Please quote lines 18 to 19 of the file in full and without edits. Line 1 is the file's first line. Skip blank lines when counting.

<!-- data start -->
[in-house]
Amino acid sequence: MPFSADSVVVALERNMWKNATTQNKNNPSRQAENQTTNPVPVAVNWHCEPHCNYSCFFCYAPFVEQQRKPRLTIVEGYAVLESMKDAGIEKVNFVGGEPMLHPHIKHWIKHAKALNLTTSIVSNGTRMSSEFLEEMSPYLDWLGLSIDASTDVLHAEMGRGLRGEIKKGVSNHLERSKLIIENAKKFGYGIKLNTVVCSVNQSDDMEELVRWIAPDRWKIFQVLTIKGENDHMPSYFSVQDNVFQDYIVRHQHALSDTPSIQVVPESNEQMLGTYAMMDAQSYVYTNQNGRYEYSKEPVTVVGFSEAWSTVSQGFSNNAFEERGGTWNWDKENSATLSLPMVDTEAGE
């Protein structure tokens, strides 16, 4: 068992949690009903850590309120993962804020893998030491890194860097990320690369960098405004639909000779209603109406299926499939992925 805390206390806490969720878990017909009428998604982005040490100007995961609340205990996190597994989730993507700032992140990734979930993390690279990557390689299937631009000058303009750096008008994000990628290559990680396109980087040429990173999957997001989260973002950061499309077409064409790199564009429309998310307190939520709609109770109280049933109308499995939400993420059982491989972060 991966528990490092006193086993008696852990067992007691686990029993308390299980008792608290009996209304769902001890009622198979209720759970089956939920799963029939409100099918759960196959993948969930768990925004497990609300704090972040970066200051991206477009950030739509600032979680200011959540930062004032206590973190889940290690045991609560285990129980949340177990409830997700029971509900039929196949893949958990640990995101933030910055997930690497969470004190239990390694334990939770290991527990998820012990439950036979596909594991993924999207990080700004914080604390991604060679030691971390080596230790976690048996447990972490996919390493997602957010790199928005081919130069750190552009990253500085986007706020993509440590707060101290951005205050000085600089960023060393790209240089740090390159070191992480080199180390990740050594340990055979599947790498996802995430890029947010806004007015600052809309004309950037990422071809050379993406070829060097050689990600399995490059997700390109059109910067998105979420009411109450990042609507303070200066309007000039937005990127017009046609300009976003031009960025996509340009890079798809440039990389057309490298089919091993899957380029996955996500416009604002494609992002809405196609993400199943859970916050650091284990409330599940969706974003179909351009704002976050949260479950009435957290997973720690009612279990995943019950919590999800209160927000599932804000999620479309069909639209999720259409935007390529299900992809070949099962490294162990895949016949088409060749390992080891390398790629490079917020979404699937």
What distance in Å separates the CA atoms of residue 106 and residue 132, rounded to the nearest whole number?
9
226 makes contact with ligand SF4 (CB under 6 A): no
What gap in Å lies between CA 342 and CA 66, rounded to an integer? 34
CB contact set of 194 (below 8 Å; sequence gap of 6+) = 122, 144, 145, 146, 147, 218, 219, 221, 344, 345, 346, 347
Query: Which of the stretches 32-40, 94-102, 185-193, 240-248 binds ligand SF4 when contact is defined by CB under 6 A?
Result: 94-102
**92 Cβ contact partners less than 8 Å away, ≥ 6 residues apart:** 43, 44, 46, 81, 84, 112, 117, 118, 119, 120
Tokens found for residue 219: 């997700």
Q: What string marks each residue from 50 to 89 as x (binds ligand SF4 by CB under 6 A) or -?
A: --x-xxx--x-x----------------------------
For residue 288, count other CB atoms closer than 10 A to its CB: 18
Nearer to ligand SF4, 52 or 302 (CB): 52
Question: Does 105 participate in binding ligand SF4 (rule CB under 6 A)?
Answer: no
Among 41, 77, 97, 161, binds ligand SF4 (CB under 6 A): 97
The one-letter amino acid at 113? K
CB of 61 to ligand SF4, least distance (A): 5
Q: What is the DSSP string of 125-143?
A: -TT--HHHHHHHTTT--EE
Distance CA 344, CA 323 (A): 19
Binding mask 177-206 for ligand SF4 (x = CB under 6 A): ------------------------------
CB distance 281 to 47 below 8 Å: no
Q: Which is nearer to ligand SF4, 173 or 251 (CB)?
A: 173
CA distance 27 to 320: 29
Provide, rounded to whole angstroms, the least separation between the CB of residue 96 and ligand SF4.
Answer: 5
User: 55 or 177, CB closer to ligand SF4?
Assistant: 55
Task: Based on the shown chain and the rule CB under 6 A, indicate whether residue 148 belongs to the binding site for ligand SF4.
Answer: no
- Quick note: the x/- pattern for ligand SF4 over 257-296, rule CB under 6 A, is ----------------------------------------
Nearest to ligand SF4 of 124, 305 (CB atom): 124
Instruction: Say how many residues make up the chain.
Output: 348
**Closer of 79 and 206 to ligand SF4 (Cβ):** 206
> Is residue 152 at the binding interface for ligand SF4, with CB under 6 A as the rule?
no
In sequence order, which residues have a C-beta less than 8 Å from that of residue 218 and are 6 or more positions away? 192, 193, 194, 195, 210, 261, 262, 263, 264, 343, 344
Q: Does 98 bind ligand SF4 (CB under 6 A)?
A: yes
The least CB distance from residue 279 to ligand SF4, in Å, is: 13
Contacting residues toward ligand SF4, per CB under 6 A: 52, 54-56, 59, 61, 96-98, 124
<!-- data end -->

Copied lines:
Answer: no
Among 41, 77, 97, 161, binds ligand SF4 (CB under 6 A): 97